A Lifeline For CIOs, The Toughest Job In IT
February 24, 2020 Alex Woodie
Let’s hear it for chief information officers, who have the toughest jobs in IT. If you’re good enough and lucky enough to succeed with your initiatives, you get to keep your job another year. But if the plans fall through, then you’re out on the curb. It’s a lonely job, but thanks to the CIO Summit event that Alan Seiden puts on with System i Developer, the CIOs at IBM i shops at least have a lifeline for support.
Research shows that CIOs have among the shortest tenures of any position in the C-suite. The management consulting firm Korn Ferry recently found that the average CIO lasts 4.6 years at his or her job. That compares to an average of 4.7 years for the CFO and 6.9 years for CEOs. The CMO, however, has the shortest tenure at just 3.5 years.
CIOs at IBM i shops have the added burden of figuring out how to navigate through a complex web of technologies and personas. They must thread the needle in linking the past (heritage IBM i applications) with the future (cloud, mobile, and AI) of technology, while building and maintaining relationships between the IT department and the line of business. With so many hands in the IT pot these days (including those CMOs with their off-the-book cloud apps), it’s no wonder the CIO suite often resembles a revolving door.
That’s one of the reasons that Seiden created the CIO Summit several years ago: to help CIOs understand the challenges they face and give them tools to address them. As word starts to get out about the CIO Summit, others become aware of the support it offers to CIOs on the hot seat.
“It’s reassuring to know that they’re not alone and there’s a community supporting them,” Seiden tells IT Jungle. “The feedback we get is that people felt great knowing that other companies had the same questions. They can help each other, not only with specific concrete solutions, but to know they have other friends they can talk to, when they need to talk to somebody.”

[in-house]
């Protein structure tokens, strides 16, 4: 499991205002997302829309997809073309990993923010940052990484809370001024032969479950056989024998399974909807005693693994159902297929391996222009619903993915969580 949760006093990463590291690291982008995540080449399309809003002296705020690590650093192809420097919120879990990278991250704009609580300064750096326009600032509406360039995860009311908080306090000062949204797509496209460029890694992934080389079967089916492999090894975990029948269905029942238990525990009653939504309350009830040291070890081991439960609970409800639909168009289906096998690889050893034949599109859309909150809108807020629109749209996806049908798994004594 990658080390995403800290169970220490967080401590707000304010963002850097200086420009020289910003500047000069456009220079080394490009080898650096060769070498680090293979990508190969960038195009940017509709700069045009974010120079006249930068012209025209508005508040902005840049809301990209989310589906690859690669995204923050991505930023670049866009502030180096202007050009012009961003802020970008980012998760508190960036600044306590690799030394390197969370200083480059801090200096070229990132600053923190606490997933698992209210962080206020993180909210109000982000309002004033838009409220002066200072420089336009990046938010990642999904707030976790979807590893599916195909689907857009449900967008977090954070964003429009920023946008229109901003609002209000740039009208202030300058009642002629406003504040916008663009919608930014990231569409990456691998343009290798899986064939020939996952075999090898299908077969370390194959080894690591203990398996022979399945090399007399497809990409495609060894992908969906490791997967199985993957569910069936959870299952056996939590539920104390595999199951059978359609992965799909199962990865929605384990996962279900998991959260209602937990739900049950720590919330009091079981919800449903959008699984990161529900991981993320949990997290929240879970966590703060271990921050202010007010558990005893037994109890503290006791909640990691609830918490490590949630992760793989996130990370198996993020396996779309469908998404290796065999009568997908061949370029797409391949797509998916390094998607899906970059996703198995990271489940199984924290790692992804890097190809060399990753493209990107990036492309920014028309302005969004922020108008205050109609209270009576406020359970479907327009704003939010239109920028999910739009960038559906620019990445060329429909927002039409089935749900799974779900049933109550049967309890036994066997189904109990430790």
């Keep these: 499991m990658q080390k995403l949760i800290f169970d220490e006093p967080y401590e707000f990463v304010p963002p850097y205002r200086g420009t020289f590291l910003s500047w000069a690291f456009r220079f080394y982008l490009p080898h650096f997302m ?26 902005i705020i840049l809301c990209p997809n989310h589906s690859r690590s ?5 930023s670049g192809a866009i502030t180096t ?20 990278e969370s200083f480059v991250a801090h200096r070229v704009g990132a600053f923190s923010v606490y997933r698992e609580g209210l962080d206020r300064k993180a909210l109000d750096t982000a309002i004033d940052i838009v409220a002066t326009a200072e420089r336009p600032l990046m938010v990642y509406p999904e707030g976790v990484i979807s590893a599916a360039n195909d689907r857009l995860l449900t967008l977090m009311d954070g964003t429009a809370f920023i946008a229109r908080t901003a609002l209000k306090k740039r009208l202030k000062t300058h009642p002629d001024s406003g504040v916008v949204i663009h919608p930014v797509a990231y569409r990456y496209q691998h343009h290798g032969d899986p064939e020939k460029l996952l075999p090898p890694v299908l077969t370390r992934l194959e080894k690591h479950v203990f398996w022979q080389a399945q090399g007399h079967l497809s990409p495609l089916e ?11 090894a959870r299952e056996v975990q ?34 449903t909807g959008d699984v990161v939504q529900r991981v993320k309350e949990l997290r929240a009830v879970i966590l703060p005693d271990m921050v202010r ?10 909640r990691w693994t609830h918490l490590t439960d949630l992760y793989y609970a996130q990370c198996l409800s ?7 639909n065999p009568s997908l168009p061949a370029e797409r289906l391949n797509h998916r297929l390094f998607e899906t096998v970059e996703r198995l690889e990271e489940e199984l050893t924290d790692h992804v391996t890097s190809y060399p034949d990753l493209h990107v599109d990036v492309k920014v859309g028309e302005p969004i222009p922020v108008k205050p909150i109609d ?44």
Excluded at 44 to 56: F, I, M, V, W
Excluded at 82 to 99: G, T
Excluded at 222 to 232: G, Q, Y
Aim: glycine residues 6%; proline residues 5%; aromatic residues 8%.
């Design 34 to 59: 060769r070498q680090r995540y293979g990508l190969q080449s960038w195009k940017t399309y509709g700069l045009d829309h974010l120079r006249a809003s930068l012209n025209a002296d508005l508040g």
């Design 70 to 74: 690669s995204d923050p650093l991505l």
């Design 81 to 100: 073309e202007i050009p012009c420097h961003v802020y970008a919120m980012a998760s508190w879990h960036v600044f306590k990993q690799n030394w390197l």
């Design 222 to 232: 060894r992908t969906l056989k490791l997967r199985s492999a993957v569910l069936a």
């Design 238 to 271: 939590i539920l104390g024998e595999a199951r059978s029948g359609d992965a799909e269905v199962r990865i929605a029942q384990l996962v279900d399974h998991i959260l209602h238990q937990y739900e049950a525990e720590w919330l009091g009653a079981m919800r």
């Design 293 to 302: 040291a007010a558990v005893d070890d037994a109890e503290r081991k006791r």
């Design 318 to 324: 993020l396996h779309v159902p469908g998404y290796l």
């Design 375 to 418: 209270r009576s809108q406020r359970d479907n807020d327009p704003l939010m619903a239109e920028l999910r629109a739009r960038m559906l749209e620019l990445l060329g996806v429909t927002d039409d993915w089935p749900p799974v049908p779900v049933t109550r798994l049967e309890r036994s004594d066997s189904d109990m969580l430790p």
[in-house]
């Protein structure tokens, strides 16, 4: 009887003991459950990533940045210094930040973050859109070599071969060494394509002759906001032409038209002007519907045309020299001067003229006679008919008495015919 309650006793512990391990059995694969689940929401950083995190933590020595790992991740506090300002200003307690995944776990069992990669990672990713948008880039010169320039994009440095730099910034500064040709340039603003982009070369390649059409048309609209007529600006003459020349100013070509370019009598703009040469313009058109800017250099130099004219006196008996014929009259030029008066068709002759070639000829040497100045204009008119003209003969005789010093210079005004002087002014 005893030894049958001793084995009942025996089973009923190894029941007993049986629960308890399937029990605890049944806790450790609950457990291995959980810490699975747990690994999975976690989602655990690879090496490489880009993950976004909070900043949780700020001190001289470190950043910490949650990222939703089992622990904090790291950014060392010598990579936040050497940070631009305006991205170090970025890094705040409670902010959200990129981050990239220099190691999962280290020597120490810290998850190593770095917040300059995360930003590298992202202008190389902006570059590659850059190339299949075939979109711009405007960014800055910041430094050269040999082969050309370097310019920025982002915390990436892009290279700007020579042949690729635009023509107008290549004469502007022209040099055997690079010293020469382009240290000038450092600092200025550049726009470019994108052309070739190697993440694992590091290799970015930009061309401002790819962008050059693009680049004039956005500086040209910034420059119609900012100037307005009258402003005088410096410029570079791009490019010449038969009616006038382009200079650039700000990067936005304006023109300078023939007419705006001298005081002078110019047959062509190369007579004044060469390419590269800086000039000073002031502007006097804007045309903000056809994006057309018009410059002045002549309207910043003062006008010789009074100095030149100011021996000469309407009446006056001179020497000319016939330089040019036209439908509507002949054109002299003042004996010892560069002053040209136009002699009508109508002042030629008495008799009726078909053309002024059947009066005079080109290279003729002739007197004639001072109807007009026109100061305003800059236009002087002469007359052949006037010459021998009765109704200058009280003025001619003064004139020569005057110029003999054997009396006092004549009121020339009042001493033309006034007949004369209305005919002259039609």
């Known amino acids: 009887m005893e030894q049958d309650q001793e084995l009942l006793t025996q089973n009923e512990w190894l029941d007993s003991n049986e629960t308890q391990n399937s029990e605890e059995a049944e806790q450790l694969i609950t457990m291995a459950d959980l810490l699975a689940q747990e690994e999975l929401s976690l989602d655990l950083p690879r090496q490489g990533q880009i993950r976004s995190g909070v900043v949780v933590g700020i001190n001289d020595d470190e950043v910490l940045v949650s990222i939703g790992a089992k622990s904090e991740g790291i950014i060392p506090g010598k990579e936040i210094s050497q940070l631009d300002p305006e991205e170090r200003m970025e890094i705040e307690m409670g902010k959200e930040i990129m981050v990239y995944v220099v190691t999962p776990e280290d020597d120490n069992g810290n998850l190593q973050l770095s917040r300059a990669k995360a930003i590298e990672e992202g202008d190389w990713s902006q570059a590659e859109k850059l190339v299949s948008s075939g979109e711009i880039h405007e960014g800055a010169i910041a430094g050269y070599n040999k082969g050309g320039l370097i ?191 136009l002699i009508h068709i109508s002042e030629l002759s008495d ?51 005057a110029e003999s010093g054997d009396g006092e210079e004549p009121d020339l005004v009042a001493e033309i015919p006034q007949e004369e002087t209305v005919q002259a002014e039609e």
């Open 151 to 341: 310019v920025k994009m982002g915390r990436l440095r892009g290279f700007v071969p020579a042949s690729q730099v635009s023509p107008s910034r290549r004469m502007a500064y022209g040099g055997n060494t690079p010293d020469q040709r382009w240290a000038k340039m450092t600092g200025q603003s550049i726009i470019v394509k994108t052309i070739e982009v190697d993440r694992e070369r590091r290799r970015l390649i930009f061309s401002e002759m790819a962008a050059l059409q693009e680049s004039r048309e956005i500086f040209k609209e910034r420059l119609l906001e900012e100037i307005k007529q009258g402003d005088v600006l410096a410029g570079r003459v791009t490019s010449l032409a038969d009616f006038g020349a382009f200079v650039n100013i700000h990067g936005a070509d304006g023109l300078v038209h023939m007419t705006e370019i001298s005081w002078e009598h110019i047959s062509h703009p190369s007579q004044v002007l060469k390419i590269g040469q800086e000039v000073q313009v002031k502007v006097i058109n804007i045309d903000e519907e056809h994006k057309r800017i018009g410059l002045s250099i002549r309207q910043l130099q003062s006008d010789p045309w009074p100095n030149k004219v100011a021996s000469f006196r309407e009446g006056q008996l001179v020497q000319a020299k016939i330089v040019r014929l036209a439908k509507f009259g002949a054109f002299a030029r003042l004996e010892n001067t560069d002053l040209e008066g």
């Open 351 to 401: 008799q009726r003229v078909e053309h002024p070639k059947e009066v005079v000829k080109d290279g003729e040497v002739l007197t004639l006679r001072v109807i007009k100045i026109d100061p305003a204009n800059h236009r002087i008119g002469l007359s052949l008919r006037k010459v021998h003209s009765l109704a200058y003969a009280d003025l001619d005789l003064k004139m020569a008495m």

The next CIO Summit will be held on March 23 and 24 in Dallas, Texas, in conjunction with the RPG & DB2 Summit, which takes place March 24 through March 26. The CIO Summit, which is hosted by Seiden Group, will feature several guest speakers, including Alison Butterill, IBM’s offering manager for IBM i; Scott Forstie, the business architect for Db2 on it; and Heidi Schmidt, the managing partner at PKS Software GmbH.
As in past years, the invitation-only event will feature 15 or so CIOs from IBM i shops around the world, who will gather in an intimate setting to learn not only about the latest IBM i technologies from the experts, but to learn about some of the more intangible aspects of succeeding at the CIO job from their peers, such as communicating with others and building relationships. That’s a big part of the CIO Summit event, even it can’t be scripted, Seiden says.
“This is very different from the usual focus on strictly technology, that we also address how to work better with the business,” Seiden says. “It’s about relationships as well. We’re an industry of introverts and sometimes we need to share the skills that are needed to communicate with those people.”
For example, one of the best pieces of advice that Seiden has taken away from a CIO Summit is the importance of maintaining communication between the IT department and the line of business. One of the best ways to foster an open dialog is to have a daily meeting where the CIO can share information about what they’re doing, Seiden says. Another common technique is to have open houses, where line of business folks can ask questions about IT department projects, and vice versa.